Note that using fl(eye(n)) in the last statement would not change the result because 1 and 0 is exactly representable in any k-bit precision.

The same computation with k-bit precision accumulation of dot products is as follows:

```
flinit('AccumulateSingle')
resfl_12 = eye(n) - fl(A)*fl(Ainv)
```

===> fl-accumulation in working precision fl-type resfl_12 = 1.0e-03 * 0 -0.0000 0 0 0 0 0 0 0.1831 -0.0000 0 0 0.0916 -0.0000 0 0

As may be expected, some components are better, some are worse.

## Mixed precisions

Mixed operations between fl-numbers and single or double numbers are first executed and then rounded. This is unambiguous if the double number is exactly representable in the specified k-bit precision. However, consider

flinit(5,100); x = fl(33)/fl(11) y = 33/fl(11)

fl-type x = 2.8750 fl-type y = 3

Here fl(11)=11, so y is exactly equal to 3=fl(3), but fl(33)=32 so that x is not equal to y. The same happens for comparison:

fl(32) < fl(33) fl(32) == fl(33) fl(32) == 33

ans = logical 0 ans = logical 1 ans = logical 0

For safety reasons, a warning is given when a newly specified format does not cover all quantities of the old fl-format. Special caution is necessary when mixing precisions.

## Operator precedence

As usual, Matlab follows strictly the operator concept, and in particular the precedence of operators. Therefore special care is necessary when using mixed precisions. Consider

x = 3 * 11 + fl(1) y = fl(3) * 11 + 1

fl-type x = 34 fl-type y = 32

Here first 3*11 is executed in double precision in the computation of x, whereas the computation of y consists only of fl-number operations.

## Interval operations

Intervals with fl-number as endpoints are supported as well. For example,

```
format infsup
x = infsup(fl(1),2)
3*x - 1
x/3
```

fl-type intval x = [ 1.0000, 2.0000] fl-type intval ans = [ 2.0000, 5.0000] fl-type intval ans = [ 0.3281, 0.6876]

The syntax and semantic is as for intervals with double precision endpoints, rounding is always outwards.

z = fl(infsup(32,33))

fl-type intval z = [ 32.0000, 34.0000]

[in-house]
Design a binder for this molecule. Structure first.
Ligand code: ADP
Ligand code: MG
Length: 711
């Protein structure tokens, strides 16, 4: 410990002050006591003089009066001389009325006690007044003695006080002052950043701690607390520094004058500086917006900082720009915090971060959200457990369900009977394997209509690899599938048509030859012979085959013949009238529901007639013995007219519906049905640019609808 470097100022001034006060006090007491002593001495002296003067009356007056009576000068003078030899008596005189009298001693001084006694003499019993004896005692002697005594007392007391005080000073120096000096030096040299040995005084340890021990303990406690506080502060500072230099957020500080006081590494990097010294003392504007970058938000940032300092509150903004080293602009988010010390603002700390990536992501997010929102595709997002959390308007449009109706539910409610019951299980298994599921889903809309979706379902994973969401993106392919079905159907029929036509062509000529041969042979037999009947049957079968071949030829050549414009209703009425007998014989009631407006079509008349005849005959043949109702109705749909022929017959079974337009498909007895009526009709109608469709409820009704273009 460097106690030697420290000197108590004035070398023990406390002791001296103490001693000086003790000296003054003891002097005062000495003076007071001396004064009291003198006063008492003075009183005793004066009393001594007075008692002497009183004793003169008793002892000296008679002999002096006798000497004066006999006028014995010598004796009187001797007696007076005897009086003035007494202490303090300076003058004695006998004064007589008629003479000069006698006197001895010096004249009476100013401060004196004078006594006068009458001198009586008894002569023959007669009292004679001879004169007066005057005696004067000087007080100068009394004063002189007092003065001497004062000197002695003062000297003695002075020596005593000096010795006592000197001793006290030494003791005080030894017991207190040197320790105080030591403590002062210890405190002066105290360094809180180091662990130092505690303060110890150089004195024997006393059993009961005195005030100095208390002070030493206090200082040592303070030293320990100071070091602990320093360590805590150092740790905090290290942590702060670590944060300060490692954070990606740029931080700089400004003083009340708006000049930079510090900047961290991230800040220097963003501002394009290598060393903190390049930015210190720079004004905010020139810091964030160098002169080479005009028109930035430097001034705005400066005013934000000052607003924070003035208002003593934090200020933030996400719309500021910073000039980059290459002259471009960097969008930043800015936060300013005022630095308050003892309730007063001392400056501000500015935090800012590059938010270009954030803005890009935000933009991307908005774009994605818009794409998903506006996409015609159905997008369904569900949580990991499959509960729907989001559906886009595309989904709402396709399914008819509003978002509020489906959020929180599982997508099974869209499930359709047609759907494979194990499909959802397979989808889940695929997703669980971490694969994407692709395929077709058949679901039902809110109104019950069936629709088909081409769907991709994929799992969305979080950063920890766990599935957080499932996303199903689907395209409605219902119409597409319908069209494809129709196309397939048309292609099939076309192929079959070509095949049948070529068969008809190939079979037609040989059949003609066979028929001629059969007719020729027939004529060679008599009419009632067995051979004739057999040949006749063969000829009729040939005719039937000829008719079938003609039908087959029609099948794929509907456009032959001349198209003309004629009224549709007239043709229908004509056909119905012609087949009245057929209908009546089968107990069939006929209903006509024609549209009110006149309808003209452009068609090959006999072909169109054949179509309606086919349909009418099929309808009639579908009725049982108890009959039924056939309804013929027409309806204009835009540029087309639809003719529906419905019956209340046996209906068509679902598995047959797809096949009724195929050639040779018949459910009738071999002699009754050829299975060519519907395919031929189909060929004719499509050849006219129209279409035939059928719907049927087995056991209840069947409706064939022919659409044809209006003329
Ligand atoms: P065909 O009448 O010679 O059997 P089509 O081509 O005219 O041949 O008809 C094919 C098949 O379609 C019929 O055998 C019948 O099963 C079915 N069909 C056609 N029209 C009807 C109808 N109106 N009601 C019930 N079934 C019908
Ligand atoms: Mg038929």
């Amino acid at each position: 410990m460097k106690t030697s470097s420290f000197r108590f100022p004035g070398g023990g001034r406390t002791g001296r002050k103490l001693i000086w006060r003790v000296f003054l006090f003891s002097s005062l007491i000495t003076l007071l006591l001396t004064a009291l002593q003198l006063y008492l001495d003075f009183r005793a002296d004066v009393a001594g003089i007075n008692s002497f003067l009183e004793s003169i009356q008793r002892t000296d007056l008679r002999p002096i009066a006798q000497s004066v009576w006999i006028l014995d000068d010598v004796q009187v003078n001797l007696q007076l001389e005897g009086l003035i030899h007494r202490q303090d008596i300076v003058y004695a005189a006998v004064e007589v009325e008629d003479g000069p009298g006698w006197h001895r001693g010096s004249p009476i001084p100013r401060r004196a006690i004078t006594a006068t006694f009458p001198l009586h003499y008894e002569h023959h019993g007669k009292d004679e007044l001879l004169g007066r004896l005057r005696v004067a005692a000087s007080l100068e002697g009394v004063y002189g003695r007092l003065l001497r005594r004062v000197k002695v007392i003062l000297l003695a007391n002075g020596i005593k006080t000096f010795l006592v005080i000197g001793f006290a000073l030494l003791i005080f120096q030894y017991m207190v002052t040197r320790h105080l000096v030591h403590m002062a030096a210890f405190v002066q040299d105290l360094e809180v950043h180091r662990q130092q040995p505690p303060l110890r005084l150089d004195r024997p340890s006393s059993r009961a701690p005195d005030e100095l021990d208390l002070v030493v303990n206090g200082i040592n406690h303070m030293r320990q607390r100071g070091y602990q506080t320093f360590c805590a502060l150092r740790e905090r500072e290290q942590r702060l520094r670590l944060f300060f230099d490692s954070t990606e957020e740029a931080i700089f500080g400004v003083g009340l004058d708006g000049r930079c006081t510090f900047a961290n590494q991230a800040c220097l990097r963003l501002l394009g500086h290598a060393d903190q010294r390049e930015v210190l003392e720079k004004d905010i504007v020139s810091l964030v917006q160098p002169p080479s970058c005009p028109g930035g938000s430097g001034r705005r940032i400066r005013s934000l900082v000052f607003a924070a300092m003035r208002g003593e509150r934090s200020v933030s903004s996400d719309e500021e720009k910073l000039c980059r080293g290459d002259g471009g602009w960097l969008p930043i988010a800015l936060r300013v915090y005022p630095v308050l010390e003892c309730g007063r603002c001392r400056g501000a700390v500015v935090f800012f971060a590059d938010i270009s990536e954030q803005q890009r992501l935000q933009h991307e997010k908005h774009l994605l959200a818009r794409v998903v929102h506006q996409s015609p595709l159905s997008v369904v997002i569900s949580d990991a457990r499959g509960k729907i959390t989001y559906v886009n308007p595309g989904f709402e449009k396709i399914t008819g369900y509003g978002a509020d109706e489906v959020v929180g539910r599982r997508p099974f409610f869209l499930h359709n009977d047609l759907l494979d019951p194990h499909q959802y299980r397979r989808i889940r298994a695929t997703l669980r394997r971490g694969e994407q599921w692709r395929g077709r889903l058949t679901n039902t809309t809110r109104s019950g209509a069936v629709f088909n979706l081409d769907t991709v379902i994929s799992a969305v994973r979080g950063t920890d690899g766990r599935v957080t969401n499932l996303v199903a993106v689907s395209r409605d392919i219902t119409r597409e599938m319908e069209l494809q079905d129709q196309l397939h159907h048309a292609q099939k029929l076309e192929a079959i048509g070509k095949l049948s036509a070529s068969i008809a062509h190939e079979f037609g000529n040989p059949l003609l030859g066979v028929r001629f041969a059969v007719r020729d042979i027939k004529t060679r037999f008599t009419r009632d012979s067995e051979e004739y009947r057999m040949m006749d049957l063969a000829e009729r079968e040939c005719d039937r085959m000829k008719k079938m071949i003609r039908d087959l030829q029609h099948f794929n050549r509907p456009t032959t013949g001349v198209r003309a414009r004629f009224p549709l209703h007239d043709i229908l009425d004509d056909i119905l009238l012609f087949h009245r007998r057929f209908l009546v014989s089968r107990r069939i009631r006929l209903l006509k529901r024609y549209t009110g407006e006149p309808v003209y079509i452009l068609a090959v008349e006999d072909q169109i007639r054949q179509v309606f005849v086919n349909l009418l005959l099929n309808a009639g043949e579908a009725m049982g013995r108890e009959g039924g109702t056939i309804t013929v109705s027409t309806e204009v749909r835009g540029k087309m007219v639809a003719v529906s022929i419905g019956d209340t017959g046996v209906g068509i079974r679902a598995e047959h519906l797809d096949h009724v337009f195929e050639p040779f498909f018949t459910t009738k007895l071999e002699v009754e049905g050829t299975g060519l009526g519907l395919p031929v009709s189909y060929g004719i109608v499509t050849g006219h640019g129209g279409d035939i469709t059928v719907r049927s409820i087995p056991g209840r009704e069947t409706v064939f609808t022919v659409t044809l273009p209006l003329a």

## Interval vectors and matrices

Again interval vectors and matrices of fl-numbers as well as the operation between those are as usual.

```
n = 4;
intvalinit('Display_')
flinit(12,99)
A = midrad(fl(randn(n)),1e-3)
P = A*intval(A')
C = compmat(A)
```

===> Default display of intervals with uncertainty (e.g. 3.14_), changed to inf/sup or mid/rad if input too wide ans = 'Initialization of fl-format to 12 mantissa bits incl. impl. 1 and exponent range -98 .. 99 for normalized fl-numbers' fl-type intval A = -1.09__ 0.74__ 2.34__ -0.57__ -0.05__ -1.79__ 0.76__ 0.15__ 1.37__ 0.50__ 2.22__ -0.13__ -0.79__ -0.71__ -0.26__ 1.34__ fl-type intval P = 7.5___ 0.4___ 4.2___ -1.0___ 0.4___ 3.8___ 0.7___ 1.3___ 4.2___ 0.7___ 7.1___ -2.2___ -1.0___ 1.3___ -2.2___ 3.0___ C = 1.0889 -0.7424 -2.3408 -0.5674 -0.0549 1.7935 -0.7644 -0.1461 -1.3745 -0.5061 2.2227 -0.1312 -0.7961 -0.7065 -0.2593 1.3350

Note that by definition Ostrowski's comparison matrix is a point matrix.

## Specification of intervals

There are many ways to produce the narrowest interval with k-bit endpoints including 0.1:

flinit('DisplayBits') x1 = fl(intval(1)/10); x2 = fl(intval('0.1')); x3 = midrad(0.1,realmin); [ x1 x2 x3 ]'

===> Display fl-variables by bit representation fl-type intval ans = [ +1.10011001100 * 2^-4 , +1.10011001101 * 2^-4 ] [ +1.10011001100 * 2^-4 , +1.10011001101 * 2^-4 ] [ +1.10011001100 * 2^-4 , +1.10011001101 * 2^-4 ]

Note that x3 is correct because first the interval midrad(0.1,realmin) with double precision endpoints is computed, then it is rounded into the specified k-bit precision.

## Directed rounding

All operations and in particular a type cast from double into fl-numbers respect the current rounding mode. For example,

```
setround(1) % rounding upwards
32 + fl(1)
x = fl(33)
setround(0)
```

fl-type ans = +1.00001000000 * 2^5 fl-type x = +1.00001000000 * 2^5

## Mixing precision and double rounding

The function flround(d,k) rounds d, a double number or interval, into k-bit precision, see help flround.

Concerning double rounding of the square root, I proved in the mentioned paper (*) the following. Suppose the square root of a k-bit number X is first rounded into m bits with result g, and then g is rounded into k bits, then this is equal to rounding the square root of X directly into k bits provided m>=2k+2. Moreover, for m=2k+1 there is exactly one counterexample to that statement namely, up to scaling, the predecessor of 2. For k=12 this is checked as follows:

k = 12; flinit(k,100); tic X = flsequence(1,pred(4)); % All k-bit fl-numbers in [1,4) sizeX = size(X) for m=(2*k+1):(2*k+2) m sqrtX = sqrt(double(X)); g = flround(sqrtX,m); index = find( flround(sqrtX,k)~=flround(g,k) ); if any(index) getbits(X(index),k) % prints counterexample else disp('no counterexample') end end toc

sizeX = 1 4096 m = 25 ans = ' +1.11111111111 * 2^1' m = 26 no counterexample Elapsed time is 0.008861 seconds.

It may be a hint, but this is not quite a proof of correctness; even not for k=12 because in flround(sqrtX,k) or the computation of g a double rounding might have occurred.

## Enjoy INTLAB

INTLAB was designed and written by S.M. Rump, head of the Institute for Reliable Computing, Hamburg University of Technology. Suggestions are always welcome to rump (at) tuhh.de